/ Modified oct 21, 2020 5:18 p.m.

News roundup: Expert says Arizona seeing COVID-19 surge, wildfire effects on water outlast blaze

Recent coverage impacting Southern Arizona, Oct. 21.

Cases: 233,912 | Deaths: 5,854

Arizona added 975 confirmed cases and 17 reported deaths on Wednesday, with reports suggesting the state's numbers are trending upward, months after coming down from some of the highest rates in the world. Pima County added a dashboard earlier this month so people can track local trends in the spread of the novel coronavirus.

ASU expert: Arizona seeing surge in coronavirus cases


PHOENIX — An Arizona State University researcher says Arizona is seeing a surge in coronavirus cases that resembles the early stages of the summer spike that made the state one of the world's worst hot spots.

Dr. Joshua LaBaer of the ASU Biodesign Institute said Wednesday the latest spike can be attributed to fatigue with masks and social distancing. He says holding strong on mitigation efforts can limit the spread of the disease.

Arizona on Wednesday reported 975 new confirmed coronavirus cases and another 17 deaths. Hospitals reported 832 beds used by COVID-19 patients, the highest number since late August but well below the peak of about 3,500 in July.

More here.

For the West’s drinking water, wildfire concerns linger long after smoke clears


For many communities in the West, the water that flows out of kitchen faucets and bathroom showerheads starts high up in the mountains, as snowpack tucked under canopies of spruce and pine trees.

This summer’s record-breaking wildfires have reduced some of those headwater forests to burnt trees and heaps of ash. In high alpine ecosystems, climate change has tipped the scales toward drier forests, lessened snowpack, hotter summers and extended fire seasons.

Wildfires don’t just cause problems while they’re burning. For municipal drinking water systems, fires are felt for years after they’re snuffed out.

More here.

Pima County dashboard allows you to track COVID-19 spread in your own area


Arizona has seen an uptick in COVID-19 cases in recent weeks. Now, Pima County residents have another tool to track the spread of coronavirus locally.

Earlier this month, the county released a dashboard and map. Pima County epidemiologist Matt Christenberry says they wanted to help the public see cases in their own area.

"And this tool allows them to be able to answer those questions for their communities but also allows just anybody in the community to go in and look and see what’s happening."

The map lets you choose between jurisdictions, zip codes, census tracts and school districts, and then examine different time periods and breakdowns of cases for those areas, like age, race or ethnicity.

It does suppress data in some areas, which Christenberry says is for privacy concerns.

Christenberry says the dashboard received 10,000 views in the first few days after its launch. See the dashboard here

OSIRIS-REx touches an asteroid


The OSIRIS-REx mission successfully touched the asteroid Bennu, 200 million miles from Earth, on Tuesday afternoon.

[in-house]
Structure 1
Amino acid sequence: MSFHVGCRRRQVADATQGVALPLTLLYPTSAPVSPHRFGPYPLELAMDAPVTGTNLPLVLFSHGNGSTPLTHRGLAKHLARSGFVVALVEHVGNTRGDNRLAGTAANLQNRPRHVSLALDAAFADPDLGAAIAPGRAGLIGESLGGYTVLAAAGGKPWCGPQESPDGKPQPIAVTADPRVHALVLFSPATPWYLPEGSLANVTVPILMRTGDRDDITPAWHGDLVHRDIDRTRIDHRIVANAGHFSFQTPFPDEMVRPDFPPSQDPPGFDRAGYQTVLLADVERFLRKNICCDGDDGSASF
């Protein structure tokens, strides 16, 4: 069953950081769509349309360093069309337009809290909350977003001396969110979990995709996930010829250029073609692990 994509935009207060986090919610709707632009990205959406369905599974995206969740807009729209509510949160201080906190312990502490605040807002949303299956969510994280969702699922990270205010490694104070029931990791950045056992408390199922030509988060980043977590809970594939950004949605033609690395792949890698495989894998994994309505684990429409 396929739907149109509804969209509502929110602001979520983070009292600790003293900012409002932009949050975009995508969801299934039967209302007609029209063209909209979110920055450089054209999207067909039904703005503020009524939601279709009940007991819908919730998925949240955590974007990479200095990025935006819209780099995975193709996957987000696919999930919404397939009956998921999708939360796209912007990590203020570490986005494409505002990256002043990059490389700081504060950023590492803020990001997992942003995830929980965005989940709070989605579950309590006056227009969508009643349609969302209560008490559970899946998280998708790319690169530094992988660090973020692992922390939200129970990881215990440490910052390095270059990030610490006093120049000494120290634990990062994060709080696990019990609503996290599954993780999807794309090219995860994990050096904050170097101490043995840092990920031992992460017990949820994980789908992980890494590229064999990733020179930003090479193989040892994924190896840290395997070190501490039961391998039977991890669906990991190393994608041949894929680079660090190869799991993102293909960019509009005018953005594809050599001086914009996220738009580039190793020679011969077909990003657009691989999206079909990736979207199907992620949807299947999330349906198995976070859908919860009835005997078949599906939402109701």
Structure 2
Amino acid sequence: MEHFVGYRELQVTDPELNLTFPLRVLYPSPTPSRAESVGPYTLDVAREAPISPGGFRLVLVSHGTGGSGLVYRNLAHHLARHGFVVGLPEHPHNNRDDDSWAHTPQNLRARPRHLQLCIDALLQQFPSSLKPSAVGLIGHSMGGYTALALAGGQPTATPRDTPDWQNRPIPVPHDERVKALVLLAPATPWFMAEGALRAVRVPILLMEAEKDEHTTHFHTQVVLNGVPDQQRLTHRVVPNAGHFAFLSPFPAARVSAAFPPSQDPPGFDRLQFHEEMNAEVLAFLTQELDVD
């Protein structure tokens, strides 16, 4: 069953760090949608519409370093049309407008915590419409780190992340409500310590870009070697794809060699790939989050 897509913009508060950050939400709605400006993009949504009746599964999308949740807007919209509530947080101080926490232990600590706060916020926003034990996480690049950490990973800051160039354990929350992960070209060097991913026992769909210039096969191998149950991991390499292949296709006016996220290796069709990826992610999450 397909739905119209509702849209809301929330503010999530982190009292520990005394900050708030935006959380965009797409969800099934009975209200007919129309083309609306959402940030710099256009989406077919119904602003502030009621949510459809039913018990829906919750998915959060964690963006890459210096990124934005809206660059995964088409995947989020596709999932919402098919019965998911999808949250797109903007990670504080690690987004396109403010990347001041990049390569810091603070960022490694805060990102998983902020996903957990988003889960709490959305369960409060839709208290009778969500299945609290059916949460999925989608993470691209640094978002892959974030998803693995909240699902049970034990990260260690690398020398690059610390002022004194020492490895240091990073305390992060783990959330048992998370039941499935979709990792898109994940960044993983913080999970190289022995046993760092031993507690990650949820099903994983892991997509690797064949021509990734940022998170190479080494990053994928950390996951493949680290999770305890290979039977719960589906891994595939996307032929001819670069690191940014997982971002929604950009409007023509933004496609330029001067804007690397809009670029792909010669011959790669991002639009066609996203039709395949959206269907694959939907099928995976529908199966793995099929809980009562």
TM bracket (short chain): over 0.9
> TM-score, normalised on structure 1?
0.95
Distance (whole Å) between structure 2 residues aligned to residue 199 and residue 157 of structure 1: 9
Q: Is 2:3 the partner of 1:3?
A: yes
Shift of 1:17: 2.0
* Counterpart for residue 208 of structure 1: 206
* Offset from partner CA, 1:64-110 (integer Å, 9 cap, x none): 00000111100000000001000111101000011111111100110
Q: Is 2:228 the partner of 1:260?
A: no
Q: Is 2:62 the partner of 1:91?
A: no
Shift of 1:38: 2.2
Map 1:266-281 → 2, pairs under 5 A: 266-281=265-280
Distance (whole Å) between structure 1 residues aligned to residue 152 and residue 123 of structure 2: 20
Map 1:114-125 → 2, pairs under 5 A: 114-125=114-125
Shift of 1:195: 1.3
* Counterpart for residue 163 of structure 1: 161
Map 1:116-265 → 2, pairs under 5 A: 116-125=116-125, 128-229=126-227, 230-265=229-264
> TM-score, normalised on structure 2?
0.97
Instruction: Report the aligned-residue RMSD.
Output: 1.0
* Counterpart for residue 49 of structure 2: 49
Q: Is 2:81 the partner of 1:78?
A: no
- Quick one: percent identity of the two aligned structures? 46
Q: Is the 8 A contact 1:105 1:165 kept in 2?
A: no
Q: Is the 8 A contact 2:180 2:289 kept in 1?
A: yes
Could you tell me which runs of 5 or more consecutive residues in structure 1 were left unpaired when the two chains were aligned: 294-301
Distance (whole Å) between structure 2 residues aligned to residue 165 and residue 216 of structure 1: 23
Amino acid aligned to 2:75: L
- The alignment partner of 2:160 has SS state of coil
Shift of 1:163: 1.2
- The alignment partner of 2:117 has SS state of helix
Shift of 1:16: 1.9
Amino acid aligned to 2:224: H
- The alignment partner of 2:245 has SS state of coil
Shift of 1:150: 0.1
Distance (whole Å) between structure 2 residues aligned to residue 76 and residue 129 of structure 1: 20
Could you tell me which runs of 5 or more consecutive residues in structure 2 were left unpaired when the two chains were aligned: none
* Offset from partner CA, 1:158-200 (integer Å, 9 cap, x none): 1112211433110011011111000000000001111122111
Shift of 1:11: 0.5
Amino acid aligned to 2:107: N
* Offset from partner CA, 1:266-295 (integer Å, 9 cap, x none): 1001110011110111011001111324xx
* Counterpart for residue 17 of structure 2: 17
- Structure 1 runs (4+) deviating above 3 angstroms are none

The University of Arizona-led mission made contact with the asteroid just after 3 p.m.

The mission was broadcast on NASA’s web site. Dante Lauretta, the principal investigator from the UA, said he felt "transcendental, I can't believe we actually pulled this off” on the broadcast.

More here.

Mexico fishermen scoff at governor's suggestion to switch to taxi driving

Fronteras Desk

In an effort to protect the nearly extinct vaquita marina porpoise, Mexico has implemented increasingly restrictive fishing bans in the uppermost part of the Sea of Cortez, called the Upper Gulf of California. In September, new restrictions would make even the possession of prohibited nets illegal starting in late November. At the same time, payments meant to ease the burden on fishermen stopped two years ago when President Andrés Manuel López Obrador took office.

Now, Baja California Gov. Jaime Bonillas has said he’ll help fishermen become taxi drivers as a work alternative, adding that fishermen would only have to pass a drug test and pay about $650 in fees to access the needed permits.

But Lorenzo Garcia says there’s no market for hundreds of new taxi drivers in a small town like San Felipe, where he heads a local fishermen's federation.

"They're going to give us 600 taxis in San Felipe," he said with a laugh. "I don't see that as a real option."

More here.

Pandemic relief faces uncertainty in postelection session


WASHINGTON — Negotiations on a COVID-19 relief bill are inching forward, but it’s clear that the window for action before the Nov. 3 election is closing and the issue will be tossed to a postelection lame-duck session of Congress.

Treasury Secretary Steven Mnuchin and House Speaker Nancy Pelosi spoke again Wednesday but her office signaled no real progress, and she acknowledged for the first time publicly that the measure won’t pass before the election. President Donald Trump’s chief of staff says Pelosi is slow-walking the talks and Senate Majority Leader Mitch McConnell is warning against against a costly deal. No one knows whether Election Day will bring much more clarity.

More here.

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